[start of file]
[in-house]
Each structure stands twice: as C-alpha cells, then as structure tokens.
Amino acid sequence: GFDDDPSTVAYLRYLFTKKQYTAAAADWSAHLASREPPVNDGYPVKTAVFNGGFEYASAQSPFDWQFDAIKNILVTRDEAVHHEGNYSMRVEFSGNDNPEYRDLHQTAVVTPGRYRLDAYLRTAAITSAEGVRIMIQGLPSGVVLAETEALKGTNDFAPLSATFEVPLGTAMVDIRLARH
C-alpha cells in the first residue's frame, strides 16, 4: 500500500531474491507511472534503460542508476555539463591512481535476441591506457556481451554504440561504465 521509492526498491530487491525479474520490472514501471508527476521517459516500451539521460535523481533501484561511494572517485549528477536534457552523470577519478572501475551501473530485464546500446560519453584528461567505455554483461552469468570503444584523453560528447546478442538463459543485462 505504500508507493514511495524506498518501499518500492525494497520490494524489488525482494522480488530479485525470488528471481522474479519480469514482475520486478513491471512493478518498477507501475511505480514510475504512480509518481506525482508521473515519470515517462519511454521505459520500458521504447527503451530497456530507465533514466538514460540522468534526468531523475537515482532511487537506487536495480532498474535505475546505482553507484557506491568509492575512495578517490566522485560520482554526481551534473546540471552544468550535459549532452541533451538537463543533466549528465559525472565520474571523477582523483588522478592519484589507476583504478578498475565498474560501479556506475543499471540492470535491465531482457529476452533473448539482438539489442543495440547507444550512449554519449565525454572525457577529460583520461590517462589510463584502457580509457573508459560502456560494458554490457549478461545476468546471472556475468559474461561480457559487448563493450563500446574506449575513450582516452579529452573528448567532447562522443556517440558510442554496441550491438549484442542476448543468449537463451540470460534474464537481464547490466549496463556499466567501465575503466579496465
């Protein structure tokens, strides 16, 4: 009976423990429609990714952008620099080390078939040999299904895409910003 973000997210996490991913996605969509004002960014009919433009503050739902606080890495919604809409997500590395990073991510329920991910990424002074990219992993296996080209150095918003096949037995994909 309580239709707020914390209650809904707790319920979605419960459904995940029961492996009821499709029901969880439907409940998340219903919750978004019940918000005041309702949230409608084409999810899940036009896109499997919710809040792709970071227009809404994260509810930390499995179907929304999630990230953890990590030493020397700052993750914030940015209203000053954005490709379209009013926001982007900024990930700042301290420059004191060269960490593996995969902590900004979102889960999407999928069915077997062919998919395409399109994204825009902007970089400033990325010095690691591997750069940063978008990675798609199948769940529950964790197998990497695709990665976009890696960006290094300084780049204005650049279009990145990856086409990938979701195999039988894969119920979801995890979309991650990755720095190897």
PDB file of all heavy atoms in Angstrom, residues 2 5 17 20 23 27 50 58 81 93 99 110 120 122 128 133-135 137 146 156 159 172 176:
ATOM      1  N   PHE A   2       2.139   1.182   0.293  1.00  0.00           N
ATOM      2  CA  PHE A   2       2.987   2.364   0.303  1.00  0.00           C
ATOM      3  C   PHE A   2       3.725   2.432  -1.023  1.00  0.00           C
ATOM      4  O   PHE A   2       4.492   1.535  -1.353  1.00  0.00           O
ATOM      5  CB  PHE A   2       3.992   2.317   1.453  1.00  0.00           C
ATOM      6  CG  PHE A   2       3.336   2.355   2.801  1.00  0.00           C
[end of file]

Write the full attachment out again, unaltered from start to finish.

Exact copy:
[in-house]
Each structure stands twice: as C-alpha cells, then as structure tokens.
Amino acid sequence: GFDDDPSTVAYLRYLFTKKQYTAAAADWSAHLASREPPVNDGYPVKTAVFNGGFEYASAQSPFDWQFDAIKNILVTRDEAVHHEGNYSMRVEFSGNDNPEYRDLHQTAVVTPGRYRLDAYLRTAAITSAEGVRIMIQGLPSGVVLAETEALKGTNDFAPLSATFEVPLGTAMVDIRLARH
C-alpha cells in the first residue's frame, strides 16, 4: 500500500531474491507511472534503460542508476555539463591512481535476441591506457556481451554504440561504465 521509492526498491530487491525479474520490472514501471508527476521517459516500451539521460535523481533501484561511494572517485549528477536534457552523470577519478572501475551501473530485464546500446560519453584528461567505455554483461552469468570503444584523453560528447546478442538463459543485462 505504500508507493514511495524506498518501499518500492525494497520490494524489488525482494522480488530479485525470488528471481522474479519480469514482475520486478513491471512493478518498477507501475511505480514510475504512480509518481506525482508521473515519470515517462519511454521505459520500458521504447527503451530497456530507465533514466538514460540522468534526468531523475537515482532511487537506487536495480532498474535505475546505482553507484557506491568509492575512495578517490566522485560520482554526481551534473546540471552544468550535459549532452541533451538537463543533466549528465559525472565520474571523477582523483588522478592519484589507476583504478578498475565498474560501479556506475543499471540492470535491465531482457529476452533473448539482438539489442543495440547507444550512449554519449565525454572525457577529460583520461590517462589510463584502457580509457573508459560502456560494458554490457549478461545476468546471472556475468559474461561480457559487448563493450563500446574506449575513450582516452579529452573528448567532447562522443556517440558510442554496441550491438549484442542476448543468449537463451540470460534474464537481464547490466549496463556499466567501465575503466579496465
């Protein structure tokens, strides 16, 4: 009976423990429609990714952008620099080390078939040999299904895409910003 973000997210996490991913996605969509004002960014009919433009503050739902606080890495919604809409997500590395990073991510329920991910990424002074990219992993296996080209150095918003096949037995994909 309580239709707020914390209650809904707790319920979605419960459904995940029961492996009821499709029901969880439907409940998340219903919750978004019940918000005041309702949230409608084409999810899940036009896109499997919710809040792709970071227009809404994260509810930390499995179907929304999630990230953890990590030493020397700052993750914030940015209203000053954005490709379209009013926001982007900024990930700042301290420059004191060269960490593996995969902590900004979102889960999407999928069915077997062919998919395409399109994204825009902007970089400033990325010095690691591997750069940063978008990675798609199948769940529950964790197998990497695709990665976009890696960006290094300084780049204005650049279009990145990856086409990938979701195999039988894969119920979801995890979309991650990755720095190897």
PDB file of all heavy atoms in Angstrom, residues 2 5 17 20 23 27 50 58 81 93 99 110 120 122 128 133-135 137 146 156 159 172 176:
ATOM      1  N   PHE A   2       2.139   1.182   0.293  1.00  0.00           N
ATOM      2  CA  PHE A   2       2.987   2.364   0.303  1.00  0.00           C
ATOM      3  C   PHE A   2       3.725   2.432  -1.023  1.00  0.00           C
ATOM      4  O   PHE A   2       4.492   1.535  -1.353  1.00  0.00           O
ATOM      5  CB  PHE A   2       3.992   2.317   1.453  1.00  0.00           C
ATOM      6  CG  PHE A   2       3.336   2.355   2.801  1.00  0.00           C